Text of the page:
Day 4: Isolat
The thunder on the stairs becomes louder; my eldest pronounces she ‘hates’ this. The early wake-up’s and Tom Daley work-outs have vanished. Instead, the curl of her brown locks is pressed to her cheek: she stays in bed later, phone pinned in front of her face like a gate that opens and shuts for me. She was to go to uni in six months’ time, she was to have a life. Now there is breakfast that ‘I’ll just fix it myself!’, or ‘I can’t stand this.’ I tell her it is okay to be losing her mind. What else should I say? I mean: who isn’t?
Day 5: Isola
It is Friday. Is it Friday? I change the calendar on my dresser, the bronze one my brother set aside for me after my grandmother died. It marks our days. One day, two days; one year, two years. Twenty now? Or was it 30? She spoke into a recording device and told me of the Spanish flu. I think of her words now, It was terrible. She shook her head, thin lips gone thinner. My brother-in-law texts me, tells me of his mother’s stories of her mother: the bodies were thrown out into the street. I wonder if it is helpful to think of this. Outside the sunshine breaks into sunlight, it breaks into our garden, but nothing opens. Except my crocuses. We walk in the park, my eldest and I—she has agreed to the day. This day.
Day 6: Isol
I work each day, hour after hour, at my desk, the thin frame of wood beneath a laptop powered by things I cannot see but are there. The words fly out of my outbox to someone’s inbox as if they matter. There are words and words and words. As if they matter. What matters is that there are no cars moving. When we take ‘the daily walk allowed’ (will we be punished for a second, a third?), we watch the people moving. Twos and threes? Only a few threes. These are not allowed. The young girls and the boy in the park, tripping over the dog leash, laughing. I want to be them. It isn’t their youth or the tripping, though. Do they know? What do they know? I speak to my eldest as if she will leave in September. I speak to her about things I believe matter.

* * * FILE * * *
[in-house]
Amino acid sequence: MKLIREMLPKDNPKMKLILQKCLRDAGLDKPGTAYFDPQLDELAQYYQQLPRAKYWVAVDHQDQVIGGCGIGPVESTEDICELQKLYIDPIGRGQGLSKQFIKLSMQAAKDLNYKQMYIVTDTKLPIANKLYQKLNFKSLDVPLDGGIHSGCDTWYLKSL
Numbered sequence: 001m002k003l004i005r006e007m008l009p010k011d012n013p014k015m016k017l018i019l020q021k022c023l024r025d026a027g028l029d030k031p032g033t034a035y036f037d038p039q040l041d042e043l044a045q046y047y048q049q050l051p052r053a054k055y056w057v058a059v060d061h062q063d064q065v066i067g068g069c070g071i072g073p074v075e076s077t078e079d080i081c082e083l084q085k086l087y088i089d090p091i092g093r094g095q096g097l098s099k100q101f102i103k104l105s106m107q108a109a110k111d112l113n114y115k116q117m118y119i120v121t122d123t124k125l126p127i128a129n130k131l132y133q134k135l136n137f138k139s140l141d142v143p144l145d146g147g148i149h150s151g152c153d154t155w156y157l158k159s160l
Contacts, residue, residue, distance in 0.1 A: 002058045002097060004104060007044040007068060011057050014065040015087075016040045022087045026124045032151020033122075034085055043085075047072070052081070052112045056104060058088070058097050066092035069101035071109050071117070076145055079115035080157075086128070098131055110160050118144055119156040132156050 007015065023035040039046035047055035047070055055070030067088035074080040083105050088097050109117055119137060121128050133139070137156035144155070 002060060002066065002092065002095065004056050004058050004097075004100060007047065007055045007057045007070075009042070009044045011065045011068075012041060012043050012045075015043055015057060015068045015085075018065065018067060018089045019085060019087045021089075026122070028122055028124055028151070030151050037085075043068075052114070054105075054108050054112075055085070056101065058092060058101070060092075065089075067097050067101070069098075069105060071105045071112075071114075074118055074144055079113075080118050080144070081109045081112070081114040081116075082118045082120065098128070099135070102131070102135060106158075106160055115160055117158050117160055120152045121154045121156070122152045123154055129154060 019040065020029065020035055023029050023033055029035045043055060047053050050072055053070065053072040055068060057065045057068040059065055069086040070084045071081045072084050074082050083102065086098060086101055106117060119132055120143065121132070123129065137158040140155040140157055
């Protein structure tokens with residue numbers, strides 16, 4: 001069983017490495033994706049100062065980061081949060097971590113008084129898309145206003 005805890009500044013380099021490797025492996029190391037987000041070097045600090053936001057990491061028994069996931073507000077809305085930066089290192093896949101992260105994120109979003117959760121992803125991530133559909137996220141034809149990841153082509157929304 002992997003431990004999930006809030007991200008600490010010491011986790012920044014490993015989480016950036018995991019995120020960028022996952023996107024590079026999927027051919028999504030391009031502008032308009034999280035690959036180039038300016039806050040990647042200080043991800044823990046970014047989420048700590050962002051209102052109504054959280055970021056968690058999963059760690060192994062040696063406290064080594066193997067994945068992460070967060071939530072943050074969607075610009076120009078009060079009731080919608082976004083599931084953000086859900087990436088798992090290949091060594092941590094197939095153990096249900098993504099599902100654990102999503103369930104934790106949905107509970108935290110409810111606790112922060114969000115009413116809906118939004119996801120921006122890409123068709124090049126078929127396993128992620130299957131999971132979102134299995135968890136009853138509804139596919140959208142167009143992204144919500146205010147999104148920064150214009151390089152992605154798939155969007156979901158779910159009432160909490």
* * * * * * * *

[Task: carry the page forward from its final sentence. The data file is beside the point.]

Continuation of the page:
Day 7: Iso
Not clear on the day, really. There is brick held together by mortar, I realise, in the building across the road. The sun shines on this brick as if it will shine the next day, the day after. The fresh milk is gone; I say to her, ‘we will have to use either the long-life or I can go out and get fresh’. I say this as if there is an obvious answer. I turn on the lamp downstairs, though it is just afternoon. It will give some kind of light. The light will give me the obvious answer. Was it the virus she had? We speculate, whilst we eat our lunch, which we have all worked on, the small army in my home. We are fighting something. Mostly we try not to fight each other. I tell them about Lord of the Flies. Then I realise I have never read it. It is in my mind on the shelf of books across my room, housing the books I may never read.